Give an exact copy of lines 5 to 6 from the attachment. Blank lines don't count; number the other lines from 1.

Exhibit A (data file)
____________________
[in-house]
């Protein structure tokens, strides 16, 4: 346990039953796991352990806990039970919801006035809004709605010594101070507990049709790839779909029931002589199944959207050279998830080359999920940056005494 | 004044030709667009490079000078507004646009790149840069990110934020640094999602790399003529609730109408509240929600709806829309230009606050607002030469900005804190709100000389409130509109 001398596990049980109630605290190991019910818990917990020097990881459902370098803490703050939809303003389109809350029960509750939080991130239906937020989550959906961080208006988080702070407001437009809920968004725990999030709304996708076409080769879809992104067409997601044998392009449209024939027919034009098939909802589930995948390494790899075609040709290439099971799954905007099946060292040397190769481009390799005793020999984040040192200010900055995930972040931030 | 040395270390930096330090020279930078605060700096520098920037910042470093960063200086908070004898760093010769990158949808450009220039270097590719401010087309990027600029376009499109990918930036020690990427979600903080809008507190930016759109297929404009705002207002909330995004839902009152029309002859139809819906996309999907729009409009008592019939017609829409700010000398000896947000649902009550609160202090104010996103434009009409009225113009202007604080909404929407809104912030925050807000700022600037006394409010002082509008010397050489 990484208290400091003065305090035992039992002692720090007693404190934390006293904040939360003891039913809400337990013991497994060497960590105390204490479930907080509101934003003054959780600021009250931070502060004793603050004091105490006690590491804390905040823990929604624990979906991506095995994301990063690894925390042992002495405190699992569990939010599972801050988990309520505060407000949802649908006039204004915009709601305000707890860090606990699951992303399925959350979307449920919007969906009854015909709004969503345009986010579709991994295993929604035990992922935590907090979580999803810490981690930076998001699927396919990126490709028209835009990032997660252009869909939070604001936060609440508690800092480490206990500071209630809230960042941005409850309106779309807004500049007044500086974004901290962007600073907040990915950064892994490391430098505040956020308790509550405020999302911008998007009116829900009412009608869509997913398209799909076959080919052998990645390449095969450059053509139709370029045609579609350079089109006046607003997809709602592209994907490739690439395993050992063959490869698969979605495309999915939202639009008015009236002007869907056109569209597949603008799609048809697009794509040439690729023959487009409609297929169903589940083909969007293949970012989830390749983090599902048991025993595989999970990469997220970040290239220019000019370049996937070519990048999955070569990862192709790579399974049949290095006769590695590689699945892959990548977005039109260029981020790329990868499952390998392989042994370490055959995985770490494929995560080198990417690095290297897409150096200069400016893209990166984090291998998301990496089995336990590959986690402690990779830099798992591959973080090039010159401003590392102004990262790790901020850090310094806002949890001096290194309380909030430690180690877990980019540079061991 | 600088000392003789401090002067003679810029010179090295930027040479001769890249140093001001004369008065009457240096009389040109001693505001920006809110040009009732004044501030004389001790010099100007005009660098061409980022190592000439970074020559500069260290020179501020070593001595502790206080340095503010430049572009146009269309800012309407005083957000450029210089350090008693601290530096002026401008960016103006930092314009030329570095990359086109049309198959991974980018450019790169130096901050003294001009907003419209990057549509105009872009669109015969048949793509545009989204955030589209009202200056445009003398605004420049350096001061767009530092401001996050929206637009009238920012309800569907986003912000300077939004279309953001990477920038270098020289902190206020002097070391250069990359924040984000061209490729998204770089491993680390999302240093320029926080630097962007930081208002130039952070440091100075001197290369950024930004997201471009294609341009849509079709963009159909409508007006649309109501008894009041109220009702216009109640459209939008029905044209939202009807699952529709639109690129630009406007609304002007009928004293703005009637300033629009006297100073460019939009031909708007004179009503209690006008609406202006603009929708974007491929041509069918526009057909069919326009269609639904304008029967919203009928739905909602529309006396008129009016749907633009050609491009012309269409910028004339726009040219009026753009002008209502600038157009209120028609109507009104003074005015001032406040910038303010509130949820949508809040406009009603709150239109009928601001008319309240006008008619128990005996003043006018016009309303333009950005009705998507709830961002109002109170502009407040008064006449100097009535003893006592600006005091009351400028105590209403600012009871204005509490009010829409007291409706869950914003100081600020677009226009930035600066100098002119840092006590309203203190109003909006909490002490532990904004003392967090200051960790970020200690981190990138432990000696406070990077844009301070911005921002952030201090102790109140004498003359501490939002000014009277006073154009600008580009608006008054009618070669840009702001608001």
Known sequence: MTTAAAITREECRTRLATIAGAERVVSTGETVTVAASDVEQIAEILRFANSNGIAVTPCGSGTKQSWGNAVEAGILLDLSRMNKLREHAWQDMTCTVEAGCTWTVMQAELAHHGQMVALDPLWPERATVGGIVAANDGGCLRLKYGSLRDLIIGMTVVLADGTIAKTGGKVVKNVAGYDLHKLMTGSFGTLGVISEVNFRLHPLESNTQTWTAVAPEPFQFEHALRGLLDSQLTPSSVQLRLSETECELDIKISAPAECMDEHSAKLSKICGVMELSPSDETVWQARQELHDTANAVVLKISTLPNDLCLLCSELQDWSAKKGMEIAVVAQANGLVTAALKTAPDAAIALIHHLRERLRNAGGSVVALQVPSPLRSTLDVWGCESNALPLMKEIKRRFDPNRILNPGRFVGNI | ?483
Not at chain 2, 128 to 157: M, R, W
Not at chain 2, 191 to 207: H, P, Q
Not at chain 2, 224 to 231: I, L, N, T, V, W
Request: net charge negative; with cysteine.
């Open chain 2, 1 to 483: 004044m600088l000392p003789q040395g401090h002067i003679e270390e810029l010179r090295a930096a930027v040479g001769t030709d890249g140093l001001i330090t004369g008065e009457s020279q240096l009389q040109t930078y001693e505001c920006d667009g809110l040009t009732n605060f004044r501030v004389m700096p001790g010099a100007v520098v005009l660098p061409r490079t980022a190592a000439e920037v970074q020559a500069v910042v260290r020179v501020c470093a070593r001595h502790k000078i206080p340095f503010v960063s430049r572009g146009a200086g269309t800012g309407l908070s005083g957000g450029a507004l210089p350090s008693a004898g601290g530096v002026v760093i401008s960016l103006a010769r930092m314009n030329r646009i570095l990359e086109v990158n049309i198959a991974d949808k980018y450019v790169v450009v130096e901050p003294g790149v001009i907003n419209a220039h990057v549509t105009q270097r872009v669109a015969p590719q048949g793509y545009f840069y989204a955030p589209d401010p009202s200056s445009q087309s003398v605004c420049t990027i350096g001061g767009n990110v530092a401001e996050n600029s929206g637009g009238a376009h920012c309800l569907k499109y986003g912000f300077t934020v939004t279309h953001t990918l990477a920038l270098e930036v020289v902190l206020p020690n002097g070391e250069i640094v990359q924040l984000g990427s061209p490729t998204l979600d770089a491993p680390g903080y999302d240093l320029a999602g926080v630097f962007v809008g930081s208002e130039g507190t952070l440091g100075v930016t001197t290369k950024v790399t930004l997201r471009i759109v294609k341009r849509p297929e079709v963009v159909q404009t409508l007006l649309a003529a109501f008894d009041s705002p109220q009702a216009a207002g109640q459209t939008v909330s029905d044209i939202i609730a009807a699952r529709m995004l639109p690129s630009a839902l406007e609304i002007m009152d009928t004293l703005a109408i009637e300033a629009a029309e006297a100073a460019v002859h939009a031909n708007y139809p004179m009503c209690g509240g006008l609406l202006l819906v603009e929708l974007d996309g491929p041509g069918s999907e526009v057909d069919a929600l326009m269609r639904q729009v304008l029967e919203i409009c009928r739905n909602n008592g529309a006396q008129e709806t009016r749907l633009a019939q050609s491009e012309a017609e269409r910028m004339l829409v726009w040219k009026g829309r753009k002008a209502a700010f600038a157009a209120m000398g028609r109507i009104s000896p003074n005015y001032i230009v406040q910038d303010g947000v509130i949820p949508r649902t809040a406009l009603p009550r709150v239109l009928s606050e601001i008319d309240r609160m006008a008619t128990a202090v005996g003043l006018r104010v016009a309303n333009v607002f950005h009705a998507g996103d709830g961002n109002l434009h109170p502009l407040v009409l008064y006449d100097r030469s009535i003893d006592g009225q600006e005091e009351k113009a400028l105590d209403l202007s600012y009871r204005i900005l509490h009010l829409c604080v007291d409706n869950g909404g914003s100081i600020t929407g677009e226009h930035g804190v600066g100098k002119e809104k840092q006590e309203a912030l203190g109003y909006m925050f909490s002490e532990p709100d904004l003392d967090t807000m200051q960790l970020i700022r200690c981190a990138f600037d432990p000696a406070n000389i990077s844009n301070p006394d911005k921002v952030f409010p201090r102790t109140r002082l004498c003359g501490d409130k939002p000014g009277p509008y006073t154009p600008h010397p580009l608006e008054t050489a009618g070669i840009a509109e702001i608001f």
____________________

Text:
Not at chain 2, 191 to 207: H, P, Q
Not at chain 2, 224 to 231: I, L, N, T, V, W